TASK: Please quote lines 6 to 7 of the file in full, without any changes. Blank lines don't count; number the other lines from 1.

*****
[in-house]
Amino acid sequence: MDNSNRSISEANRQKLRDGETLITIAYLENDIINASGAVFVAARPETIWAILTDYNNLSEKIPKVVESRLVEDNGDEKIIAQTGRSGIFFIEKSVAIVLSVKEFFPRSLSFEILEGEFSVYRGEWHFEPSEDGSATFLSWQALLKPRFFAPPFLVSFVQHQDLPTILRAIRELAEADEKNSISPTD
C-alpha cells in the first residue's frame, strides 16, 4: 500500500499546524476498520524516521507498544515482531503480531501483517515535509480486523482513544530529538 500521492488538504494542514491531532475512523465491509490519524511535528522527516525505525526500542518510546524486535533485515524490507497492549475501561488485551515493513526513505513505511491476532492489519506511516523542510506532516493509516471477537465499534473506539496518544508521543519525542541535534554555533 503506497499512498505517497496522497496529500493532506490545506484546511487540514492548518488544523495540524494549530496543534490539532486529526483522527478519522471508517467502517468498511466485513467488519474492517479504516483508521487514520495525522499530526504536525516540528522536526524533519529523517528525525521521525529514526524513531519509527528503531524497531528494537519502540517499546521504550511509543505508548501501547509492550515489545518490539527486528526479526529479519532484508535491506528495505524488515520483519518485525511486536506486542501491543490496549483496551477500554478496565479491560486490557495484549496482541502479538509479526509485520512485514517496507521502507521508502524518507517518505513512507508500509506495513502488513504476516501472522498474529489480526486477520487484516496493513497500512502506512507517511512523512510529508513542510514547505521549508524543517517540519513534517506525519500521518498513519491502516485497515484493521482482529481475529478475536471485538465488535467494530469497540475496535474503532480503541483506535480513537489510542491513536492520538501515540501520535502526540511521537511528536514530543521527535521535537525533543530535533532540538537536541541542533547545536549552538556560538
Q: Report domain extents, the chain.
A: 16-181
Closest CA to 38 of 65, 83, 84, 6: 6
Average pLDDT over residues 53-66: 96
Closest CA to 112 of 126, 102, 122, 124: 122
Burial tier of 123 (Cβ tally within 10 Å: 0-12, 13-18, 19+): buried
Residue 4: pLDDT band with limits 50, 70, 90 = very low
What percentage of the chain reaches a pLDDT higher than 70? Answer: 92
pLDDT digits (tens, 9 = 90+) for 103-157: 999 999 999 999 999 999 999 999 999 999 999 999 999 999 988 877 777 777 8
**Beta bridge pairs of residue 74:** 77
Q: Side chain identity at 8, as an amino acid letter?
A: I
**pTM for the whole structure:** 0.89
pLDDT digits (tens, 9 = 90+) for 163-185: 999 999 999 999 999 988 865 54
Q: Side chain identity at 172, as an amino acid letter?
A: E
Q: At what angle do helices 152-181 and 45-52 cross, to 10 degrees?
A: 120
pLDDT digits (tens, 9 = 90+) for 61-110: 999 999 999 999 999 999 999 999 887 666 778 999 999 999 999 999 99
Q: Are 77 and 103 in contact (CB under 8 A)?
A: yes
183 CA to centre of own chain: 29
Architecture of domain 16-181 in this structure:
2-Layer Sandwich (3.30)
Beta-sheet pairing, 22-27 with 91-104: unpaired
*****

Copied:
Closest CA to 38 of 65, 83, 84, 6: 6
Average pLDDT over residues 53-66: 96